The Paper Packaging and Services (PPS) business of Greif, a Delaware, Ohio-based packaging producer, has announced what it says are two “major investments” into its recycling operations to support its growth strategy in sustainable paper packaging solutions.
The financial terms of the investment were not disclosed.
The company says it has opened an 81,000-square-foot paper recycling facility for collecting, processing and baling in Florence, Kentucky, which brings Greif’s total number of recycling facilities in North America to 19.
Greif also says it has more than doubled the size of its paper recycling facility in Nashville, Tennessee, to 72,000 square feet, a move the company says is to enhance efficiency and support accelerated growth.
“These exciting projects will help strengthen Greif’s PPS division and are an important part of our investment strategy,” says John Grinnell, vice president and general manager of the recycling group at Greif. “Together, they are expected to grow Greif’s fiber basket by more than 5,000 tons per month.
“The paper fiber recycling plants are located in close proximity to Greif-operated paperboard mills as well as other containerboard and recycled product manufacturers, and where greater growth opportunities are possible," he continues. "By positioning capacity closer to our suppliers and customers, we can better support their sustainability targets while aligning with our own environmental goals.”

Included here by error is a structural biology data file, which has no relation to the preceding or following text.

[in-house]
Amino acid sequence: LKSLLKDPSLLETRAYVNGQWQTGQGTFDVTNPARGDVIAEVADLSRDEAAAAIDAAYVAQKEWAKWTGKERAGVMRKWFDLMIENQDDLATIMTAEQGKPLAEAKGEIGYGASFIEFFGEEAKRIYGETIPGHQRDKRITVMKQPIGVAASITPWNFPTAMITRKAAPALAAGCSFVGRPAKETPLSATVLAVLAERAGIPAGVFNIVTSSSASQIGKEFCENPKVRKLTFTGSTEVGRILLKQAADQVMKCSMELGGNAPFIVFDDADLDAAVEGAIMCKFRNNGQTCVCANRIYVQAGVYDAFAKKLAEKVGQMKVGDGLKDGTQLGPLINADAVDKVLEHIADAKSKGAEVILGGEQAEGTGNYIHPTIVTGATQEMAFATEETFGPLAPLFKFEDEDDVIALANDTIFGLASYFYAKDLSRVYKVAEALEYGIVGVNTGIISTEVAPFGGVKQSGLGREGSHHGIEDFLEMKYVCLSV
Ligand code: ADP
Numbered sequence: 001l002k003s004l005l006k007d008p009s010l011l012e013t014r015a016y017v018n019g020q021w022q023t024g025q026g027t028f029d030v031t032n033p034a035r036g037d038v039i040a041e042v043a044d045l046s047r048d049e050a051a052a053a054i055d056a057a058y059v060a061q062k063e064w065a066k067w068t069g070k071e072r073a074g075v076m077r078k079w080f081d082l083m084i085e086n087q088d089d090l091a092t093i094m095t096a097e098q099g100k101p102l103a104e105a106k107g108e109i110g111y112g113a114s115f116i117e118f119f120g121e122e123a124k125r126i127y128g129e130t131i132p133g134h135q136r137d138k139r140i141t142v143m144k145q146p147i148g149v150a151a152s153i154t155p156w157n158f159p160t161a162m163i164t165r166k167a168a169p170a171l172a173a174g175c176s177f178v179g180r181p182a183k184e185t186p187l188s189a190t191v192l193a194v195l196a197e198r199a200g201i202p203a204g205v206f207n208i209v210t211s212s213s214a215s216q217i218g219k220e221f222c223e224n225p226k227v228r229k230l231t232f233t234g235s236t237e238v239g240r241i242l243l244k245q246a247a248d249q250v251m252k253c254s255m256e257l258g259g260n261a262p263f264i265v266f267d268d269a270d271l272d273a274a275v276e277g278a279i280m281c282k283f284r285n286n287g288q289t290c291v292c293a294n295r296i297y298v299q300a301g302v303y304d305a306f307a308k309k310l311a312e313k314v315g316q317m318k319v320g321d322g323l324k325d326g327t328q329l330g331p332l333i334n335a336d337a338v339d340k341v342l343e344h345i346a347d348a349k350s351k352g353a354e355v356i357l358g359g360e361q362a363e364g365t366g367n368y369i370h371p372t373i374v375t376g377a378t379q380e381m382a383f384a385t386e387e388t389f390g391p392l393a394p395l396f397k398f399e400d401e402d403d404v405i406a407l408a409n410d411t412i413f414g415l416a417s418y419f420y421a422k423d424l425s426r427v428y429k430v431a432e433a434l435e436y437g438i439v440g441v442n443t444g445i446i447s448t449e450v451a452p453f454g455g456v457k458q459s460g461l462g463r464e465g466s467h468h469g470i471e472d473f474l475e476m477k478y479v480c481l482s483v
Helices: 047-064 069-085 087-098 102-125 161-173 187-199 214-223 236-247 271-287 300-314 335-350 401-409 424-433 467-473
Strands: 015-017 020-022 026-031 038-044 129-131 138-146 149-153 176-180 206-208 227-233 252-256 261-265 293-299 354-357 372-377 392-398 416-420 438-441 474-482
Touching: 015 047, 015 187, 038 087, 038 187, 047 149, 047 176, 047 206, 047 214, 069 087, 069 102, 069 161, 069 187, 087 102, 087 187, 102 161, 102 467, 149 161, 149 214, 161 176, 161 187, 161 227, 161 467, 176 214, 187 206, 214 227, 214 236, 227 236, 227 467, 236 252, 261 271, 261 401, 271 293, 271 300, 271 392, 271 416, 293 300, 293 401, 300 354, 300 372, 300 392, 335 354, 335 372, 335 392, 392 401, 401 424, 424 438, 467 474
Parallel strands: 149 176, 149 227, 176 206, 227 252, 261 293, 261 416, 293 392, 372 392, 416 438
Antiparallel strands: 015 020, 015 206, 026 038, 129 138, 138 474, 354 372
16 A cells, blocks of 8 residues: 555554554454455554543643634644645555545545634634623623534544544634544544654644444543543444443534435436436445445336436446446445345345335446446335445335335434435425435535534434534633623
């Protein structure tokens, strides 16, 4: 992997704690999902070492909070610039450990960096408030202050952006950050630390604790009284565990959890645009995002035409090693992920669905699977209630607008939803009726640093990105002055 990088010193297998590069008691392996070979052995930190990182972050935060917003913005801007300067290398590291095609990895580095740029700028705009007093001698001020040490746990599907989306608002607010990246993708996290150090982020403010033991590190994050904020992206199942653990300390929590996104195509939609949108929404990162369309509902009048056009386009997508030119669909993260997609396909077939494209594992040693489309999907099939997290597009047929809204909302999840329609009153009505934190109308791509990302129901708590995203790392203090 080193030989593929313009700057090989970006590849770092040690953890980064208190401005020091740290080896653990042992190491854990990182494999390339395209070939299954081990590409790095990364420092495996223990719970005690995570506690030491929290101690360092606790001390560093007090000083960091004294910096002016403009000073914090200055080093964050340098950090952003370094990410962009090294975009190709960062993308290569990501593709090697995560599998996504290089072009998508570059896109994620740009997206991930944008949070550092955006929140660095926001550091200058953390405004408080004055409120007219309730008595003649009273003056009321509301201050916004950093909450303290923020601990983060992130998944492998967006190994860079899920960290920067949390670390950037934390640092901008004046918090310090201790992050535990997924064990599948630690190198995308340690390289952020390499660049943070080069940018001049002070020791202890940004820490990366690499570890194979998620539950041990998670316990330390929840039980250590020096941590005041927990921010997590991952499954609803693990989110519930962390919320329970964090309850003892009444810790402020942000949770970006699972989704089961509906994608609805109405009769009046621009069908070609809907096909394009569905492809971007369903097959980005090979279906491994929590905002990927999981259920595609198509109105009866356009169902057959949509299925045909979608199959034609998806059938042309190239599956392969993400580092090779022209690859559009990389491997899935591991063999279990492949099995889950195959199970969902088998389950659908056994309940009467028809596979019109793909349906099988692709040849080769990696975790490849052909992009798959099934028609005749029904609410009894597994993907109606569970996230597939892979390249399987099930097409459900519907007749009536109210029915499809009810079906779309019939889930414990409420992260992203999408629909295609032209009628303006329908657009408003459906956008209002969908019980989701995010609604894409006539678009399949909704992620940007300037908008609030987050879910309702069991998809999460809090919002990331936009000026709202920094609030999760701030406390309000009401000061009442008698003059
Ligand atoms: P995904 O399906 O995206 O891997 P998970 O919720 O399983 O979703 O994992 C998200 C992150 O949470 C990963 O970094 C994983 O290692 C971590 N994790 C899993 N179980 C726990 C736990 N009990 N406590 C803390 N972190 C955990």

According to Greif, approximately 50 percent of the fiber collected through its recycling business is used to supply its containerboard mills in the production of paperboard and containerboard. The remaining 50 percent is sold to other U.S. and international recycled-paper product producers.
PPS also operates 14 paper mills and has 40 facilities across North America between its other business units: Core Choice, IPG and Adhesives.
Recycling Today has reached out to Greif for details on the investments.
The announcement follows a recent $13 million investment into Greif's Greenville County paper mill in South Carolina to increase production capacity. The facility uses recycled paperboard to produce spiral tubes and cores, and at the time of the announcement, the company said it expected the expansion—which will modernize the facility—to be completed sometime in November.
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